As for the reported conflicts with Indians in the pre-publication of that paper, oh my I can only imagine the true picture! The Indian - both the Indo-European speaking and the Dravidian speaking - nationalists are some of the more rabid and deluded I've ever met. Just yesterday, on another social network, I was reading the furious reactions to this study about the dating of Proto-Dravidian especially by Tamil nationalists, who insist that not only Tamil is much older than that, but that Tamil is the single oldest language of the world and, more than that, the ultimate mother language of all other language families and the direct ancestor of PIE and all the IE languages. On the other hand, there are the Indo-Aryans, glad to know that Proto-Dravidian is not that old, insisting that of course the IVC was Indo-European and the Aryans have been in India since immemorial times. It must be really difficult to work as a scientist investigating the ancient genetic and linguistic landscape of India in such an environment full of over the top sensitivity/defensiveness and ultra-nationalist myths and delusions.

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    1 out of 1 members found this post helpful.
    Quote Originally Posted by MOESAN View Post
    languages don't arise from nowhere like this - what is in question here is the very precise ancestor of today Dravidian dialects - ATW Maciamo, I find your point senseful; since a long time I think IVC could have had a Dravidian dialect as principal dialect and maybe general 'koinê' ; anDNA does not preach the contrary - but I think a previous state of language could have existed linking these Dravidians to the dialects of Elam and some of Sumer; I would be very glad to know the "distances" between today Dravidian dialects and other families -IE, Sino-Thibetan, others of Asia or even East Africa.
    Concerning Sumer, some old teeth surveys seem confirming exchanges between ancient Mesopotamia and far Central-Eastern regions of Asia (at least something not too far from Hindu Kush mountains: Thibetan like people?). I have not red confirmation but? So exchanges and a vaste region where the languages of the most evolved cultures could expand?
    Proto-Dravidian was probably just one more successful and lucky of a group of languages in a language family that ceased to exist, much like Latin in relation to other Italic languages. Maybe it survived exactly because it shifted to the center/south of India and began to re-expand from there, instead of being sweeped away by Indo-Aryan languages and maybe, initially, even other language groups. Proto-Dravidian was just the remnant, not the language of South Asia at that time. It probably even caused the extinction of other language families and absorbed other similar languages of the same Pre-Proto-Dravidian family, since it became a direct competitor with Indo-Aryan in sheer expansion throughout India (and the fact that Indo-Aryan shows a lot of Dravidian or Dravidian-like substrate indicates for me that once they were much closer to each other and interacted on a regular basis, not spreading through entirely distinct and distant territories). I think there must be something in the perceived similarities between Dravidian and Elamite, especially because we know that the Neolithic of India was mainly driven and developed by people who had a lot of affinity to Neolithic Iranians, exactly the land of Elam, which was probably an indigenous civilization and certainly the oldest sophisticated civilization of Iran.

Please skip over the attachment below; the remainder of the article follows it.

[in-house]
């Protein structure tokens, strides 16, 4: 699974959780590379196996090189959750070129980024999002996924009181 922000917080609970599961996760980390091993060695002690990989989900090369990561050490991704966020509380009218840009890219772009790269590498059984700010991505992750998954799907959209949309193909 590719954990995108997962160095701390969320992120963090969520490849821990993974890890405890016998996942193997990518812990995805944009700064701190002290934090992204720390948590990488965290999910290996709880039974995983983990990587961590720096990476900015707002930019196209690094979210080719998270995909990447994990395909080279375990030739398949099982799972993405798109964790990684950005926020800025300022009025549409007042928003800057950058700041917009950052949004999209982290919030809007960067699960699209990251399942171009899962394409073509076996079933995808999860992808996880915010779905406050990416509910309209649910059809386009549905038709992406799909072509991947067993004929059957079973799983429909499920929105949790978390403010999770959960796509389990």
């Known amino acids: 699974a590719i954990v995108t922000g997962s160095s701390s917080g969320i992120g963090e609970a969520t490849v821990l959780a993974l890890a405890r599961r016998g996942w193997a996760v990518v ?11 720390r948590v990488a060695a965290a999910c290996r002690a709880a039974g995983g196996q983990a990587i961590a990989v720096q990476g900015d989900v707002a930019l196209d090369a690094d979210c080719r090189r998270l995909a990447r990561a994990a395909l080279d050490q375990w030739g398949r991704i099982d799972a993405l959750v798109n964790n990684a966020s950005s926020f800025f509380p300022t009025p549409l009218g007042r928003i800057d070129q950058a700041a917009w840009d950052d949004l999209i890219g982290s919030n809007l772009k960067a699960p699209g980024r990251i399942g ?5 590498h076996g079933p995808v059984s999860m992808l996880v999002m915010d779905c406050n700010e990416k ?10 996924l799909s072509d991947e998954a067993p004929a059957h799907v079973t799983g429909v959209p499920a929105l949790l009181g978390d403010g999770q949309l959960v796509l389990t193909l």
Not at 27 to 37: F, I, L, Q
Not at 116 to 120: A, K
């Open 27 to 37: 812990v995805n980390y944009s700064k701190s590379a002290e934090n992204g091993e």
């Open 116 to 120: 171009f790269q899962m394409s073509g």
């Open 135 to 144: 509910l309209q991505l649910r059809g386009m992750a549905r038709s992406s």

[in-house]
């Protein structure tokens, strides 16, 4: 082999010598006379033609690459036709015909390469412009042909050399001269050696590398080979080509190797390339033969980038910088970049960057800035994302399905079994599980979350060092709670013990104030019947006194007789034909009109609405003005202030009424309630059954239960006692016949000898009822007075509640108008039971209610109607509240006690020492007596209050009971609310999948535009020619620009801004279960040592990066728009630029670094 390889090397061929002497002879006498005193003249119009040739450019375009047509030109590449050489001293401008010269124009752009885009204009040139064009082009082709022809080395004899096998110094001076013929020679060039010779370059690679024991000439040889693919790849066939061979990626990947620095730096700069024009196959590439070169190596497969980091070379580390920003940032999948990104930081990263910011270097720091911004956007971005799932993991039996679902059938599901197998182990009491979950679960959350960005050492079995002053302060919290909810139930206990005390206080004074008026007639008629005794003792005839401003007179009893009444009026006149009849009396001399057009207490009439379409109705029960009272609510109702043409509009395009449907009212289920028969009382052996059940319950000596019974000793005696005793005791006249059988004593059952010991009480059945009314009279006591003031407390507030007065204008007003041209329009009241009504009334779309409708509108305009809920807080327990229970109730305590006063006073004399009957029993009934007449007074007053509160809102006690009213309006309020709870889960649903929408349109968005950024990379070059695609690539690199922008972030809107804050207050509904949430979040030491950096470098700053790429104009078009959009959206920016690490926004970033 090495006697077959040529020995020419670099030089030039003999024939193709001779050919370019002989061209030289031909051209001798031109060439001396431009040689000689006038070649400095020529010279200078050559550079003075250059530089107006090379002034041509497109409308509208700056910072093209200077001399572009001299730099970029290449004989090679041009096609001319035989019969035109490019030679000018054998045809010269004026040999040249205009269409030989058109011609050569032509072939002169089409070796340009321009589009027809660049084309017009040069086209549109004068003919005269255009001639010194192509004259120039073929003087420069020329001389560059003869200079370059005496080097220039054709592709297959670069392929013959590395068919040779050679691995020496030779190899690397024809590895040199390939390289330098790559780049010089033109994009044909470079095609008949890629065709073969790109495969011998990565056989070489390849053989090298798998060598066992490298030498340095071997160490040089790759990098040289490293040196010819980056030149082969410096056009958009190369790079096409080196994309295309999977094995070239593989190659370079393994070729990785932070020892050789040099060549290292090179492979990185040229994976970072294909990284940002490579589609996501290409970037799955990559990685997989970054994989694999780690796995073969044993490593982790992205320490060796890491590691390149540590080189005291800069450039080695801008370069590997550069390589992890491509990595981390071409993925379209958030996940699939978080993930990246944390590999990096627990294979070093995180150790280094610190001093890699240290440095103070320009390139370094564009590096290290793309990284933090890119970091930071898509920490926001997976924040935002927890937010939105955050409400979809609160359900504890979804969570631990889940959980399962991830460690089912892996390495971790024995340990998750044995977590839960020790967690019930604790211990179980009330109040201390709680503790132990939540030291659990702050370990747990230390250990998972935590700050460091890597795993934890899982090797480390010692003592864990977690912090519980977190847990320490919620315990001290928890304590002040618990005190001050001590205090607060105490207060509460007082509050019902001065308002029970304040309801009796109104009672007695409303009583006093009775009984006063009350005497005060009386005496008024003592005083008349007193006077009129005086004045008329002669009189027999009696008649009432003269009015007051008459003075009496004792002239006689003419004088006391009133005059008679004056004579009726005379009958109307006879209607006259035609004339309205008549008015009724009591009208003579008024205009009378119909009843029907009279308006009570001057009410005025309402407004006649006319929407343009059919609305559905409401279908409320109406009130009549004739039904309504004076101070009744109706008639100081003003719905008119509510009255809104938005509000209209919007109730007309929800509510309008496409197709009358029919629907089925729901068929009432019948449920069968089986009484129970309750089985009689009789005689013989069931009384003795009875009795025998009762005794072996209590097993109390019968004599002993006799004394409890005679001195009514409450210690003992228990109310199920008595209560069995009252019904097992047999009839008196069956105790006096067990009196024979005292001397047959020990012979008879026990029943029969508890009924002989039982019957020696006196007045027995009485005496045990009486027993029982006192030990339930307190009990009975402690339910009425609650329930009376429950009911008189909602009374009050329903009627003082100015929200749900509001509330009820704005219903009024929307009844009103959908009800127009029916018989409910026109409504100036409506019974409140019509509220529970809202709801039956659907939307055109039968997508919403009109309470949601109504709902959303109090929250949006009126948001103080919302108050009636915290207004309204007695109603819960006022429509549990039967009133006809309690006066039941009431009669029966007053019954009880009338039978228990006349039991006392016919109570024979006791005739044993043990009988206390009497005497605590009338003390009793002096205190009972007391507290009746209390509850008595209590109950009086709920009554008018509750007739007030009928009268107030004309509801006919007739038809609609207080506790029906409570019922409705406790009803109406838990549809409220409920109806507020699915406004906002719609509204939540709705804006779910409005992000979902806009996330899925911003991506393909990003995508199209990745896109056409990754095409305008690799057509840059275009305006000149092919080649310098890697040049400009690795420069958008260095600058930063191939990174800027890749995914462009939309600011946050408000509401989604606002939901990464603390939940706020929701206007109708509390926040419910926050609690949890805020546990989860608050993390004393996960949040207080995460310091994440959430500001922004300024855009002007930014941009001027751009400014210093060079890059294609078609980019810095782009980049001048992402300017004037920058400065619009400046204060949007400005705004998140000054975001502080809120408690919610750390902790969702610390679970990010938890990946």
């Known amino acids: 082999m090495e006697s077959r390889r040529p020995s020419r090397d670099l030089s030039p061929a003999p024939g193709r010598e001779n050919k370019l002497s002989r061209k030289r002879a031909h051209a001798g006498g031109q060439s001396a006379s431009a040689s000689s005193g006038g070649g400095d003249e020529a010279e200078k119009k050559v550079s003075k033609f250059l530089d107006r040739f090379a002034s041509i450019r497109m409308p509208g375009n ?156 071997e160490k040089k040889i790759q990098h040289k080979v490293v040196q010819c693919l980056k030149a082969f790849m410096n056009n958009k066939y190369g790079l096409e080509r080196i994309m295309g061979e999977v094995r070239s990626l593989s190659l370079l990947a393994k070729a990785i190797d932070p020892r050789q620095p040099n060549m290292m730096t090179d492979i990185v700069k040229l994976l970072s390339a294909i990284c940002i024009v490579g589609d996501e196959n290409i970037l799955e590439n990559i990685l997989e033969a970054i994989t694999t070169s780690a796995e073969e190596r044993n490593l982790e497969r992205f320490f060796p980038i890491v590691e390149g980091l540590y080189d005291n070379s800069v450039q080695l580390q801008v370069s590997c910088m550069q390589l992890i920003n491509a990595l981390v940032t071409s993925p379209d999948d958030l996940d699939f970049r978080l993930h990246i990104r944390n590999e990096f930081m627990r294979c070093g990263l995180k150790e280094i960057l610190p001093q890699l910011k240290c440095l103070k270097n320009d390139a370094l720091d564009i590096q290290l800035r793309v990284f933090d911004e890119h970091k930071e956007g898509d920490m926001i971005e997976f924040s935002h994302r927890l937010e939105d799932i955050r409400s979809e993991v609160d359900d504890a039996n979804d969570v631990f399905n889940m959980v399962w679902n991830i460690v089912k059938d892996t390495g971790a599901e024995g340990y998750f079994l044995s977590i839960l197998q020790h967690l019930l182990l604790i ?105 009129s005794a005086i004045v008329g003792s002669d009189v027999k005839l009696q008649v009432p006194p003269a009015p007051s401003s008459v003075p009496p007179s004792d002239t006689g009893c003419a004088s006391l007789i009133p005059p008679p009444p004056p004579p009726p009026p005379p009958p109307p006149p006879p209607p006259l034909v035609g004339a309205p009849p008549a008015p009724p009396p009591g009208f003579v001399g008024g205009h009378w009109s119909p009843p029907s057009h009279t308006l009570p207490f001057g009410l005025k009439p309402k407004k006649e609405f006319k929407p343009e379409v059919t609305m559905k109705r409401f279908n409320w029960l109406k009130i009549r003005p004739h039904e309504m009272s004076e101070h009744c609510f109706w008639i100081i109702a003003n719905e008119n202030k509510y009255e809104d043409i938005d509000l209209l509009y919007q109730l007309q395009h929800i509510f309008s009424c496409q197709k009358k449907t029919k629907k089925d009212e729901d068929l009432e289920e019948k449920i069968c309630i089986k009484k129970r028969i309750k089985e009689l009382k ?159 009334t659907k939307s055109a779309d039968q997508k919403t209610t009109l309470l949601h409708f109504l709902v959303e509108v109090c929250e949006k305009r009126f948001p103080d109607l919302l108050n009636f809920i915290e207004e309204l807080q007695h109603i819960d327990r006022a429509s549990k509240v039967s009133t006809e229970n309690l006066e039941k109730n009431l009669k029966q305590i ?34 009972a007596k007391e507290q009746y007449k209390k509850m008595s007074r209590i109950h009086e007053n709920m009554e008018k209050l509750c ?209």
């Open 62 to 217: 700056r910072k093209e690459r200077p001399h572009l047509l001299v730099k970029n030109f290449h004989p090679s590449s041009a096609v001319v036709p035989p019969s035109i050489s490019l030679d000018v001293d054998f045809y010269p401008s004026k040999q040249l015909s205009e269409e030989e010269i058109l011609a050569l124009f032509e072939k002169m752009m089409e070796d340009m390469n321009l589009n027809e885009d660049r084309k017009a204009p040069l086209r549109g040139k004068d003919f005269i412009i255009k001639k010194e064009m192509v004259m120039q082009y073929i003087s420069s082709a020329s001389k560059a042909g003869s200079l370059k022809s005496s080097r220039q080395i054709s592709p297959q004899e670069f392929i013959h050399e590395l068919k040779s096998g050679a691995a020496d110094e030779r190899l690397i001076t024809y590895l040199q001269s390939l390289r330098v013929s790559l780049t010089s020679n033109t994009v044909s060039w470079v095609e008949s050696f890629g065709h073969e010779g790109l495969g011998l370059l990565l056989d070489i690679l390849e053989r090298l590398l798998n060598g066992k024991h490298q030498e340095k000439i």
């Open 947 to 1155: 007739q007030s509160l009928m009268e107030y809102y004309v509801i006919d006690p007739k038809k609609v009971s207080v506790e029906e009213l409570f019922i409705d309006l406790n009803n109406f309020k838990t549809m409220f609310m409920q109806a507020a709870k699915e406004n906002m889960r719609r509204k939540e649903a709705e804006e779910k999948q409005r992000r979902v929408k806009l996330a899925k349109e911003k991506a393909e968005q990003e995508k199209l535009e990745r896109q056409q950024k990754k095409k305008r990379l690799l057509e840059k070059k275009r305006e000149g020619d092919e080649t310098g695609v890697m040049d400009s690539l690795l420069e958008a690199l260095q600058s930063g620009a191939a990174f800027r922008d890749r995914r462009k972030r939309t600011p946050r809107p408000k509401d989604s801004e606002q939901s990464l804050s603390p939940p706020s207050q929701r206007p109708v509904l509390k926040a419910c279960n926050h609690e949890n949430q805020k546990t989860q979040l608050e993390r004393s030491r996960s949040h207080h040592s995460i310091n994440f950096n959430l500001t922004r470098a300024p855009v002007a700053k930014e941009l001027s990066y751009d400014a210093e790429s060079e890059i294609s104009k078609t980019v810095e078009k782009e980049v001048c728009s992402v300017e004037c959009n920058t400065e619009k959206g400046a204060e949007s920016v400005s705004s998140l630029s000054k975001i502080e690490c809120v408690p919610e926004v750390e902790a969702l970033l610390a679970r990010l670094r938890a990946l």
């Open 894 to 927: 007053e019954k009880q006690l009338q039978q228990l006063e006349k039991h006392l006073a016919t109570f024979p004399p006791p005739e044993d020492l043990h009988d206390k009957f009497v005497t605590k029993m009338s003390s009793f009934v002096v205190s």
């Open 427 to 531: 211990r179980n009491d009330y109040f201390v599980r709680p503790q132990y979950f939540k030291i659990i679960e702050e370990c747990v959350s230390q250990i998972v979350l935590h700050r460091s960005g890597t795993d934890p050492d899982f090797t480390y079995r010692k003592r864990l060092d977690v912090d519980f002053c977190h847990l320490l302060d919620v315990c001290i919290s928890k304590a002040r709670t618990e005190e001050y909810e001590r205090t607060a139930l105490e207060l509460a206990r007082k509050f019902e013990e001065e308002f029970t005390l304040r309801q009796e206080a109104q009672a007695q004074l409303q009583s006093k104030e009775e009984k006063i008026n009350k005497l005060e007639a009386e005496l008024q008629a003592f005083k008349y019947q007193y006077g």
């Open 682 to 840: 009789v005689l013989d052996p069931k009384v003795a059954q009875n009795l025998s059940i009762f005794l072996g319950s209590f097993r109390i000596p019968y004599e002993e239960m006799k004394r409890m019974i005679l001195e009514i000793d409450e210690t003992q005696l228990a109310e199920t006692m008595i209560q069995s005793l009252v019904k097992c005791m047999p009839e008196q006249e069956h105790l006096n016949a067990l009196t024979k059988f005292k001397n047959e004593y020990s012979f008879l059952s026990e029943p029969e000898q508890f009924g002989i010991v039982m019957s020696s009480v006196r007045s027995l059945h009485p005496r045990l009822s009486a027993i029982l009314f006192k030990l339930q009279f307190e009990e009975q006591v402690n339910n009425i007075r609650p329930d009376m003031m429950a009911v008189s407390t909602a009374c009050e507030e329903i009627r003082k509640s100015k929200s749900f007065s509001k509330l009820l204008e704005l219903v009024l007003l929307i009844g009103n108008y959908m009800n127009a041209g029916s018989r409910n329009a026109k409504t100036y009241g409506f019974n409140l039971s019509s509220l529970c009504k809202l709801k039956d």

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    I few things I would like to say. What is the likelihood that the iran_N (either Zagros or south Caspian) migrants (who would later on make the IVC) ended up displacing the native settlements (like a proto-civilization/culture which would have existed from ~8,000 BCE to 4500 BCE) before them (and ushered in the copper age in south Asia at the same time). Kind of like an early parallel for the Aryan invasion.

    Furthermore- as for ANI being more like Yamnaya than Andronovo- could this be because a left-over Afanasevo-like population mixed with Andronovo, thus making their descendants (and by extension ANI) more Yamnaya-like? Also, what is the combined EHG contribution to the current hypothetical ANI models?

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    Quote Originally Posted by Ygorcs View Post
    I don't know what is characteristic about the Andronovo/Sintashta admixture, but is it at least theoretically possible that it changed back to a more Yamnaya-like admixture after an offshoot of them expanded more southward into Central Asia and the eastern Iranian Plateau, possibly picking up more CHG and/or EEF along the way? I really don't know, so I'm just asking. The Indo-Iranian languages always looked much closer to Baltic and Slavic languages, in territories which are most certainly much more shifted toward Corded Ware and subsequent derivations of that culture... Now if Indo-Iranian is directly derived from Yamnaya, even linguistic assumptions will have to be rethought.
    What? mixing with more EEF? Wouldn't that make the ancestors of ANI LESS Yamnaya-like? I think that either mixing with iran_N (and WHG enriched) BMAC and/or mixing with a remnant of the Afanasevo populations are the only things that can make a Sintashta population *more* Yamnaya-like.